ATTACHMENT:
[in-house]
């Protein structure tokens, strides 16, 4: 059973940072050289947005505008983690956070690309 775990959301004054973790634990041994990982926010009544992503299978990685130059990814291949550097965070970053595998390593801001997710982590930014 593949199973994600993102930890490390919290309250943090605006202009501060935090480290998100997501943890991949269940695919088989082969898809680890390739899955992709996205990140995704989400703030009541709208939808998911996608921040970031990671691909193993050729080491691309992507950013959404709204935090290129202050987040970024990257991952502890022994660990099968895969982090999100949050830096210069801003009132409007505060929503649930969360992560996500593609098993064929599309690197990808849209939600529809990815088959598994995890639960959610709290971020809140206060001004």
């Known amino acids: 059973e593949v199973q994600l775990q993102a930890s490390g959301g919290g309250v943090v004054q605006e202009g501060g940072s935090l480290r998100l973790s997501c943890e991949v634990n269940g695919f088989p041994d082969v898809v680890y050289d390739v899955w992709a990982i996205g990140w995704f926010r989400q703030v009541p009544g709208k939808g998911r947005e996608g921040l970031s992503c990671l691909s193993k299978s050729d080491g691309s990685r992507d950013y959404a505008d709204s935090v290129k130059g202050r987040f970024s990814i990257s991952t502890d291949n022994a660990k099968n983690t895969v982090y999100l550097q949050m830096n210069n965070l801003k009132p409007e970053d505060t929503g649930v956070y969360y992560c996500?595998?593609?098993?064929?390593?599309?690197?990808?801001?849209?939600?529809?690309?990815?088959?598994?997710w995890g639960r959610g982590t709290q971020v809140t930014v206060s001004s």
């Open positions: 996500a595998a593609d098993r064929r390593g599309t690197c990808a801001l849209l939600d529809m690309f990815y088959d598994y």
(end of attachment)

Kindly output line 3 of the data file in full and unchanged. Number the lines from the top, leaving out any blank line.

């Known amino acids: 059973e593949v199973q994600l775990q993102a930890s490390g959301g919290g309250v943090v004054q605006e202009g501060g940072s935090l480290r998100l973790s997501c943890e991949v634990n269940g695919f088989p041994d082969v898809v680890y050289d390739v899955w992709a990982i996205g990140w995704f926010r989400q703030v009541p009544g709208k939808g998911r947005e996608g921040l970031s992503c990671l691909s193993k299978s050729d080491g691309s990685r992507d950013y959404a505008d709204s935090v290129k130059g202050r987040f970024s990814i990257s991952t502890d291949n022994a660990k099968n983690t895969v982090y999100l550097q949050m830096n210069n965070l801003k009132p409007e970053d505060t929503g649930v956070y969360y992560c996500?595998?593609?098993?064929?390593?599309?690197?990808?801001?849209?939600?529809?690309?990815?088959?598994?997710w995890g639960r959610g982590t709290q971020v809140t930014v206060s001004s």